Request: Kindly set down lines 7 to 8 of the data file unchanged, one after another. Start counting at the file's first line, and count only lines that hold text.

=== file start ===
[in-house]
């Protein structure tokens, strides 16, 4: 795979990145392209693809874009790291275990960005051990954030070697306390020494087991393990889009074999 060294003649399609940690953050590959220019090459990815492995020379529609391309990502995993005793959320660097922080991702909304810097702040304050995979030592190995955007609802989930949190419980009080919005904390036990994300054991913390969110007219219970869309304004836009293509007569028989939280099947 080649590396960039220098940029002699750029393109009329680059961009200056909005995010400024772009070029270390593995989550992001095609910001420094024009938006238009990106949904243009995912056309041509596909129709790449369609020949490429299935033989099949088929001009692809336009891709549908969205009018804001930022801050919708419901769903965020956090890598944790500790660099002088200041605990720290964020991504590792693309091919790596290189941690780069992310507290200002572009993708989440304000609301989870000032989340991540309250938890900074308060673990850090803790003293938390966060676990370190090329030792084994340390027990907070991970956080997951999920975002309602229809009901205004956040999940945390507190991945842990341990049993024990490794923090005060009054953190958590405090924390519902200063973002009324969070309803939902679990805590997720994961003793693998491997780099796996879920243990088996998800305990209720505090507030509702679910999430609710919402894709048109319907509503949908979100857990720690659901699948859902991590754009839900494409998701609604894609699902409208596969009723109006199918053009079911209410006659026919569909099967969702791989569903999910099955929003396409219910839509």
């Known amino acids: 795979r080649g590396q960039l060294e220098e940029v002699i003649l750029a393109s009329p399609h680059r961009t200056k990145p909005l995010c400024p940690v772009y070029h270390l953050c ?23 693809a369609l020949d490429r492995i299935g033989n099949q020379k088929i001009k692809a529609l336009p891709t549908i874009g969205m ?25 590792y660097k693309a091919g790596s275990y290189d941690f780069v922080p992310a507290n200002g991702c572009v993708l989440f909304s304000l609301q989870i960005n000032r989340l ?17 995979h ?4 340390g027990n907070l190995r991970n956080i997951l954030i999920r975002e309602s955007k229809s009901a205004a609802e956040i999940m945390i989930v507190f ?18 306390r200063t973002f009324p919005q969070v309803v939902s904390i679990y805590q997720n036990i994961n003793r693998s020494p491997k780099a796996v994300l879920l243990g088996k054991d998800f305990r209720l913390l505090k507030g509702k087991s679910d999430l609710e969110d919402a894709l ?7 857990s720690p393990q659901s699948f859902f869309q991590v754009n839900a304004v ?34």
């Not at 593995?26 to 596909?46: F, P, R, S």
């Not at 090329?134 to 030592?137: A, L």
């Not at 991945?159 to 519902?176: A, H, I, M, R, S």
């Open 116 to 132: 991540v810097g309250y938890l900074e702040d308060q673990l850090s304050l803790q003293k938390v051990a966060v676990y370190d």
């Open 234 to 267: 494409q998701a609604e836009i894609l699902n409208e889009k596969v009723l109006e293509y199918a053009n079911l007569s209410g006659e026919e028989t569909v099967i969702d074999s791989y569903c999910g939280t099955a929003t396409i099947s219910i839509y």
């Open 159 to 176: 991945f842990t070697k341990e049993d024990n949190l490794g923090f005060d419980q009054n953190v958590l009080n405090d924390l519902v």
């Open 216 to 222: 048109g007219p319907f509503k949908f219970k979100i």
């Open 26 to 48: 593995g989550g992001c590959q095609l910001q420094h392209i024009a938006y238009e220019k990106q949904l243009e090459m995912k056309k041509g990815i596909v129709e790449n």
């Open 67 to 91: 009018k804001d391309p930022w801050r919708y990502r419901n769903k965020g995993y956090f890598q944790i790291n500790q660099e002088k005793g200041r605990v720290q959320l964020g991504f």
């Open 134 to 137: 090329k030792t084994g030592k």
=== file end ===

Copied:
């Open 116 to 132: 991540v810097g309250y938890l900074e702040d308060q673990l850090s304050l803790q003293k938390v051990a966060v676990y370190d």
């Open 234 to 267: 494409q998701a609604e836009i894609l699902n409208e889009k596969v009723l109006e293509y199918a053009n079911l007569s209410g006659e026919e028989t569909v099967i969702d074999s791989y569903c999910g939280t099955a929003t396409i099947s219910i839509y």